Overall consumer tech spending rose 10% in July up from June and well ahead of July 2020 – according to IDC’s Consumer Tech Purchase Index survey. The growth was propelled by an increase of 17% in devices spend month-over-month. Keep reading for more on this important finding.
Drivers of July’s Growth
While growth in device spending propelled the July result, tech-enabled services sustained their continued strong performance after a very strong first half of 2021. Although consumer expenditures grew just 1% from June, they are up 5% in the year-over-year comparison.
It’s important to point out that results are not uniform across the devices and services categories. For example, on the devices side of the house, consumer spending on tablets and smartphones is up sharply in the year-over-year, same-month (July) comparisons. Self-reported spending on personal computers, on the other hand, is down in that same comparison. On the services side of the house, bundled services are down from last year while standalone services are up.
Much Awaited News – A Sigh of Relief for Now!
The resiliency of consumer tech spending in the face of resumed expenditures on other categories is welcome news to tech companies who have been on pins and needles wondering what would happen as consumers seek a return to normalcy. Many have been wondering out loud “What will happen?” After posting record Q2 profits, a number of tech companies recently managed investors’ forward-looking expectations downward, fearing a cliff, of sorts.
Has the Base Level of Consumer Tech Spending Changed?
Overall consumer tech expenditures clocked in at an index of 117, or seventeen percent higher than the April 2020 benchmark, and 14% ahead of July last year.
Perhaps most importantly, July was the fourth straight month in which overall spend outperformed the matching month from pandemic-propelled 2020. Given the consistency of this pattern, it could indeed indicate that the increased level of engagement with the tech category has taken spend to a new base level.
However, it’s too early to make that affirmation; more data is needed and for a longer period. However, this possibility is reinforced by the fact that the spending increase is broad-based, up across all income groups. The one exception is among households making $150,000 or more, but they are a small portion of consumers.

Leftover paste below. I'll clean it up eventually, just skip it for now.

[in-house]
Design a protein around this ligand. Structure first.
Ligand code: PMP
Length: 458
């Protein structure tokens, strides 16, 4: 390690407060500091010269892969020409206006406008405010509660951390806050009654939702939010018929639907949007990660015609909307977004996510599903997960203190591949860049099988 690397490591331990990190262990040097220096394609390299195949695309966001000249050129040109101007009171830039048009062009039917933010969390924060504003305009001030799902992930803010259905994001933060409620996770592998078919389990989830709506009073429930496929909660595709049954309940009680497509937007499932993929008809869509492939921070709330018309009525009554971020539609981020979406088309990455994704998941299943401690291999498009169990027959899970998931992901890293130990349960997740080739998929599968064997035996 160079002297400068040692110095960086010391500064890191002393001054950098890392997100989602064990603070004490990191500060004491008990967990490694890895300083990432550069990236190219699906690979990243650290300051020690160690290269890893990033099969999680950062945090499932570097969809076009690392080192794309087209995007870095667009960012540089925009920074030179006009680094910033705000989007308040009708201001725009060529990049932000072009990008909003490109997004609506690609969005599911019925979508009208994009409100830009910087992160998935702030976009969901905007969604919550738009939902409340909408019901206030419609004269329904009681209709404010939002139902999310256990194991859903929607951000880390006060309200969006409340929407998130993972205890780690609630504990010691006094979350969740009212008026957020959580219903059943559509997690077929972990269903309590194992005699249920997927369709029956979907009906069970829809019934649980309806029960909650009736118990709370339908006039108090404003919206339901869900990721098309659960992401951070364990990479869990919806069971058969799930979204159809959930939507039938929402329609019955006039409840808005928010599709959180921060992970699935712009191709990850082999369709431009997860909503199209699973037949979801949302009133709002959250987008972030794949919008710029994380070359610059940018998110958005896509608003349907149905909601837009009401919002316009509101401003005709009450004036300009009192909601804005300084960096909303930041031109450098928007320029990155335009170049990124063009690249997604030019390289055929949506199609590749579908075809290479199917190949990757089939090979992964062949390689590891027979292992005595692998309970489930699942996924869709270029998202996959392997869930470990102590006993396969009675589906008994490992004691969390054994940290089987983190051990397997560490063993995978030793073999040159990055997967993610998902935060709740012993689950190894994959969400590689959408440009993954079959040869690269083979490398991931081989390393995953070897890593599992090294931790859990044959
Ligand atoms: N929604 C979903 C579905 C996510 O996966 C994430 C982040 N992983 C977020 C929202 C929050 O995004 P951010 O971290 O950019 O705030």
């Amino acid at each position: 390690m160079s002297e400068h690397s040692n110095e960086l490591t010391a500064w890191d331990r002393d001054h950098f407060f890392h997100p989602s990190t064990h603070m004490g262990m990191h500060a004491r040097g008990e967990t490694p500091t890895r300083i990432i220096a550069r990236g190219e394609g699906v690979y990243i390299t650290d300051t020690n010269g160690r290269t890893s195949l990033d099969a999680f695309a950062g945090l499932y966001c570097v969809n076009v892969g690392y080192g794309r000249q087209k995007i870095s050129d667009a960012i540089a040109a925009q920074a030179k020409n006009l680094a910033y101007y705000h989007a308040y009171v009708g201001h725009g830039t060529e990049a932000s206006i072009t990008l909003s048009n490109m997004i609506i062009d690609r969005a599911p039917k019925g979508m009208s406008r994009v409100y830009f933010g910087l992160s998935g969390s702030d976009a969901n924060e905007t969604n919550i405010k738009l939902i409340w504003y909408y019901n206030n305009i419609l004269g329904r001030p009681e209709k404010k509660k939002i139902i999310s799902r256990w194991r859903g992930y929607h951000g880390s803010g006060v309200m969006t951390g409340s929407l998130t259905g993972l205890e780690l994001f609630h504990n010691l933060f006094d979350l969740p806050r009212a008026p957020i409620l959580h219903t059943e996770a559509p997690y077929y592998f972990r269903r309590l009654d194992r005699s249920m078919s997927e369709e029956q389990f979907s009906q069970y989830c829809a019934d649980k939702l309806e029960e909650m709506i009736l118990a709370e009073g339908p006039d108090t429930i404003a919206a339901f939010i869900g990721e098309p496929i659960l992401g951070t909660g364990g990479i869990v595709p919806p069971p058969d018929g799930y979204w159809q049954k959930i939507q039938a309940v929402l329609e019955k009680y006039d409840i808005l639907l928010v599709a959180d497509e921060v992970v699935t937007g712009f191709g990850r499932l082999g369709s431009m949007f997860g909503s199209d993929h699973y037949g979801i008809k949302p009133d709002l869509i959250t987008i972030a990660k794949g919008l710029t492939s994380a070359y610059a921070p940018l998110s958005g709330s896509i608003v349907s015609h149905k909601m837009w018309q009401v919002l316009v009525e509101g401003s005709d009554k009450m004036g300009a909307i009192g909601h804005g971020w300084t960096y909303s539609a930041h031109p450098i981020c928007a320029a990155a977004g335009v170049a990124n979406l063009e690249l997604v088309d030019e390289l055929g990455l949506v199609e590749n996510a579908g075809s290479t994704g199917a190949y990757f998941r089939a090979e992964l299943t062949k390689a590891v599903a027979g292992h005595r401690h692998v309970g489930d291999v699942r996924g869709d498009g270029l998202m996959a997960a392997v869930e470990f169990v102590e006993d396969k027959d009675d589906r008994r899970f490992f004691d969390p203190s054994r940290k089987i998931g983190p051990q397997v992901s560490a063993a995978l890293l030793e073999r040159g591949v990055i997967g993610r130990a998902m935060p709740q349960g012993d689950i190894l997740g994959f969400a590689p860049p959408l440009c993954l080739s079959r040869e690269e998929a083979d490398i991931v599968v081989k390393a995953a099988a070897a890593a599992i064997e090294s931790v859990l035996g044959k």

Resumption of Non-Tech Expenditures Has Not Threated Tech – At Least Not Yet
A cataclysmic drop-off in consumer tech spending does not appear imminent, even though consumers continue to ramp up expenditures on other non-tech categories, particularly services. This ramp-up has proven gradual so far, with little to indicate that it is directly impacting consumer tech spend.
It’s worth pointing out that, for each category, only 45% to 65% of people report having returned to their pre-COVID level of expenditure. This means that more spend will be coming.
But it also suggests that some consumers may not go back to the same level of spending – or may take quite some time to do so. As an example, take spending on gasoline/transportation. To the degree that companies adopt hybrid work policies or continue to let employees work from home, it is likely that this spend will not fully return to its prior level. For a portion of the population highly concerned with their health, reduced frequency of going out to eat or to entertainment venues, relative to pre-COVID, is also a real possibility.
To the degree that consumers do not resume non-tech spending all at once to prior levels, it preserves space for tech-spending, fortifying consumers’ habits and involvement with the category. It will be important to continue to monitor the pace of non-tech spending and the changing level of available disposable income.
Consumer Savings is Falling, Returning to Pre-COVID Levels